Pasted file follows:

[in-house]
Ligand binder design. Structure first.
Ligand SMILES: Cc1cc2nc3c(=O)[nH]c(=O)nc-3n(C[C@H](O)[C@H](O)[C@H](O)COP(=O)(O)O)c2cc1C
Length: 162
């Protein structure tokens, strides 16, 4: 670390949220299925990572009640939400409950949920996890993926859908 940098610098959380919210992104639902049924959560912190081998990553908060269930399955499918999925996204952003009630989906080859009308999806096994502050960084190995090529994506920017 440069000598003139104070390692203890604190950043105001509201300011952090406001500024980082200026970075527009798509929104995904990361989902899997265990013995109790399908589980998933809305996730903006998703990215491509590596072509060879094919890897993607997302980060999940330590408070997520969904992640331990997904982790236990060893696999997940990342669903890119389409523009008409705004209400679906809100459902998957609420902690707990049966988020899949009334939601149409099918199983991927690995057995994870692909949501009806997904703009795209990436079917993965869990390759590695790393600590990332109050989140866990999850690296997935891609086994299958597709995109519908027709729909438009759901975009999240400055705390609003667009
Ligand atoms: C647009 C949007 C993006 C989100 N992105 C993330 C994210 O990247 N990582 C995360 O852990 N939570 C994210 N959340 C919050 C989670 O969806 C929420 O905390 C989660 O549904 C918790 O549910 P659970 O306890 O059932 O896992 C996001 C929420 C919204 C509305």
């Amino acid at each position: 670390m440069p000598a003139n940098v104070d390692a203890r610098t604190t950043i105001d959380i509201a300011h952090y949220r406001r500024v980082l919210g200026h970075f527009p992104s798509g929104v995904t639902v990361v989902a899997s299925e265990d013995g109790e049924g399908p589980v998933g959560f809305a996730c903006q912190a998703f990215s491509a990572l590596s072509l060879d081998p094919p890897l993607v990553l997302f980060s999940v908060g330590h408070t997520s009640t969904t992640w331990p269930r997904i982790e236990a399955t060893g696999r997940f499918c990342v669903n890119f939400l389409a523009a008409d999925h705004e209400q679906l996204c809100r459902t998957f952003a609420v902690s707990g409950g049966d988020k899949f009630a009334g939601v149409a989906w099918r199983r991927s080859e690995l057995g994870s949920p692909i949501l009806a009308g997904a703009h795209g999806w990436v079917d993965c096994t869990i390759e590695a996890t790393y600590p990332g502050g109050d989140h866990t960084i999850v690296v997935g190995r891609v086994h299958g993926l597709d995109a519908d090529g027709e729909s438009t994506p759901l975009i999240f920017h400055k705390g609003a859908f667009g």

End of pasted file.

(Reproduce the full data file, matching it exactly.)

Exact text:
[in-house]
Ligand binder design. Structure first.
Ligand SMILES: Cc1cc2nc3c(=O)[nH]c(=O)nc-3n(C[C@H](O)[C@H](O)[C@H](O)COP(=O)(O)O)c2cc1C
Length: 162
């Protein structure tokens, strides 16, 4: 670390949220299925990572009640939400409950949920996890993926859908 940098610098959380919210992104639902049924959560912190081998990553908060269930399955499918999925996204952003009630989906080859009308999806096994502050960084190995090529994506920017 440069000598003139104070390692203890604190950043105001509201300011952090406001500024980082200026970075527009798509929104995904990361989902899997265990013995109790399908589980998933809305996730903006998703990215491509590596072509060879094919890897993607997302980060999940330590408070997520969904992640331990997904982790236990060893696999997940990342669903890119389409523009008409705004209400679906809100459902998957609420902690707990049966988020899949009334939601149409099918199983991927690995057995994870692909949501009806997904703009795209990436079917993965869990390759590695790393600590990332109050989140866990999850690296997935891609086994299958597709995109519908027709729909438009759901975009999240400055705390609003667009
Ligand atoms: C647009 C949007 C993006 C989100 N992105 C993330 C994210 O990247 N990582 C995360 O852990 N939570 C994210 N959340 C919050 C989670 O969806 C929420 O905390 C989660 O549904 C918790 O549910 P659970 O306890 O059932 O896992 C996001 C929420 C919204 C509305």
């Amino acid at each position: 670390m440069p000598a003139n940098v104070d390692a203890r610098t604190t950043i105001d959380i509201a300011h952090y949220r406001r500024v980082l919210g200026h970075f527009p992104s798509g929104v995904t639902v990361v989902a899997s299925e265990d013995g109790e049924g399908p589980v998933g959560f809305a996730c903006q912190a998703f990215s491509a990572l590596s072509l060879d081998p094919p890897l993607v990553l997302f980060s999940v908060g330590h408070t997520s009640t969904t992640w331990p269930r997904i982790e236990a399955t060893g696999r997940f499918c990342v669903n890119f939400l389409a523009a008409d999925h705004e209400q679906l996204c809100r459902t998957f952003a609420v902690s707990g409950g049966d988020k899949f009630a009334g939601v149409a989906w099918r199983r991927s080859e690995l057995g994870s949920p692909i949501l009806a009308g997904a703009h795209g999806w990436v079917d993965c096994t869990i390759e590695a996890t790393y600590p990332g502050g109050d989140h866990t960084i999850v690296v997935g190995r891609v086994h299958g993926l597709d995109a519908d090529g027709e729909s438009t994506p759901l975009i999240f920017h400055k705390g609003a859908f667009g």